What a bizarre piece this was. Sold as an ‘intriguing theatrical game’ but closer to a slightly awkward secondary school class outing, Foreign Radical attempts to question audience sympathies and opinion regarding cyber-surveillance. Well, this is what it says on the packet. In actual fact it was a bizarrely puzzling 70 minutes being led around badly curtained rooms by a shinily exuberant host, standing in different corners of the space depending on whether we’d spied on someone’s emails or not. The actual kern of the piece – whether or not to increase surveillance on a young man with potential terrorist connection – was utterly lost within the confusion created when 30 people tried to stand in a line in a 4m long room for no particular reason.
While at its heart an interesting concept, Theatre Conspiracy’s interactive take serves only to befuddle the themes that need to be paid attention to. Examples include projecting questions in Farsi on the wall, looking at us thoughtfully and saying ‘what do you think?’ (no one in the audience had even a rudimentary knowledge of Arabic), having to debate about putting a character on the ‘watchlist’ from blurrily filmed contents of his bag (no one could tell what they were) and questioning a spectator about whether life is ‘a fight’ or not. These could all be brilliant ideas if they had been given the love and care that was needed, but the lack of detail and continuity problems made them just seem hollow.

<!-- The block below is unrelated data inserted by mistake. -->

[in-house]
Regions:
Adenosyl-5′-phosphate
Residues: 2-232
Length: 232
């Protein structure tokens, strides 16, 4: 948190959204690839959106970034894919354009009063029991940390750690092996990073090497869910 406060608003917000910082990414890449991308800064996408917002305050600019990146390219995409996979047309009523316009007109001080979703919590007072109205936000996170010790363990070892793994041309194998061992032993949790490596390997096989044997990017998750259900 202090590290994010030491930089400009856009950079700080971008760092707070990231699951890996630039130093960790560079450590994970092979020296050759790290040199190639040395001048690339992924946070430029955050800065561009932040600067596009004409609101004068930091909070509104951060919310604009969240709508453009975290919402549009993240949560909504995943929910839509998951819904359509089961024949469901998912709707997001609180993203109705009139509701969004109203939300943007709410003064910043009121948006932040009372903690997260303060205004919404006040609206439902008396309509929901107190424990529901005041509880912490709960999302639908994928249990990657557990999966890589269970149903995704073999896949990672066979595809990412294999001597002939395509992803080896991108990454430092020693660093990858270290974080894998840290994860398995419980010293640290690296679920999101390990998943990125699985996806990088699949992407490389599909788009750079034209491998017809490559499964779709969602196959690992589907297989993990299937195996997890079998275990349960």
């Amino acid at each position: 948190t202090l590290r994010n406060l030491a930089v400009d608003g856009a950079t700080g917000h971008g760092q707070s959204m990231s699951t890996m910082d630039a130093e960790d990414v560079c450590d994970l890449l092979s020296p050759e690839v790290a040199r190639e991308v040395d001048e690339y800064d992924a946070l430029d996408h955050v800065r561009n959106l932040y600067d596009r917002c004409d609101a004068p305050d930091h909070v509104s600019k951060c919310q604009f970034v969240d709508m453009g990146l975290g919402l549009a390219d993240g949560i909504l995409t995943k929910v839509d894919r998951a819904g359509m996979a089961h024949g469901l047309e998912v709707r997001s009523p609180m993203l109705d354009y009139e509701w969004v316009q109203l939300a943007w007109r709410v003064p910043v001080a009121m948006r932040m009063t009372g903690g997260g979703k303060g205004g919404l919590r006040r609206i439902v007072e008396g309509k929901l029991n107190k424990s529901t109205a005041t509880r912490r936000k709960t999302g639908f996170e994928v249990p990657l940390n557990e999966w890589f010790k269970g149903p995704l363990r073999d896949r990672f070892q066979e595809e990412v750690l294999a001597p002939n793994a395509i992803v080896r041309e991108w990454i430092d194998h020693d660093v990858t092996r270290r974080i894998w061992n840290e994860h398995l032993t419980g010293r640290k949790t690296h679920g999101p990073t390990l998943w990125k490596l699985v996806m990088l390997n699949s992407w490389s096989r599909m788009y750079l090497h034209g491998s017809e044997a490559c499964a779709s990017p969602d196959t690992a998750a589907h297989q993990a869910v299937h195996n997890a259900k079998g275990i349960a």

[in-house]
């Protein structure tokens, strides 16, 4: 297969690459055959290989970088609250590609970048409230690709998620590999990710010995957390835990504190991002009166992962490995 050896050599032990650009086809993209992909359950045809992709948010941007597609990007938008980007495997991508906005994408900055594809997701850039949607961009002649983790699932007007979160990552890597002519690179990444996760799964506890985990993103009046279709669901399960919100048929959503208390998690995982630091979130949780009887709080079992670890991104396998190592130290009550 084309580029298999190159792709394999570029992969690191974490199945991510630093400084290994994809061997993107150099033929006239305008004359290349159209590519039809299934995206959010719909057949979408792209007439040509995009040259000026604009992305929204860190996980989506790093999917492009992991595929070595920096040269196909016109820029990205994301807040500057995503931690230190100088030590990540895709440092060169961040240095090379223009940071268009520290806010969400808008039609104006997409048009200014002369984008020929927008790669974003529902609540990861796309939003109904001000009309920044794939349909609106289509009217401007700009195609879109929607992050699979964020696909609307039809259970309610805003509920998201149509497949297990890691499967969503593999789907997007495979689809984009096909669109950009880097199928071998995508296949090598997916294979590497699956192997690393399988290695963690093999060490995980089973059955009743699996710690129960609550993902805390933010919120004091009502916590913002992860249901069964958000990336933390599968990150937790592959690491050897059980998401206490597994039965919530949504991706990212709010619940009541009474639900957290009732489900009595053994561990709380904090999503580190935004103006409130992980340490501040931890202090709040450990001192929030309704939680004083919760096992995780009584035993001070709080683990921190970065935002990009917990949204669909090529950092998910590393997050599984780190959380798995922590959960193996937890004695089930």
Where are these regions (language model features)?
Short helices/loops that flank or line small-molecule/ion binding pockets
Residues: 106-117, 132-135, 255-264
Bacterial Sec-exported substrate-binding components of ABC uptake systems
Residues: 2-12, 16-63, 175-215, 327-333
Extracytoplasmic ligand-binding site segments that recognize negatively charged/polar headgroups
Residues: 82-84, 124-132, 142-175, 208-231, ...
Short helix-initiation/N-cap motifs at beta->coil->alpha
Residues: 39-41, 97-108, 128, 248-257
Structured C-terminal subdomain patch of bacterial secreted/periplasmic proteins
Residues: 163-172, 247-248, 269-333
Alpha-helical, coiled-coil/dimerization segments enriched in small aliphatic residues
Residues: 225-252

This is a spectacular example of a gimmick completely taking over and almost parasitically draining the life out of a fascinating concept. There were flashes of brilliance – the sections where we actually got a glimpse of the human being we were ‘surveilling’ – but these were few and far between. To sum up with a rather apt (mis)quote from the piece itself, ‘it’s a game – but no-one knows any of the rules’.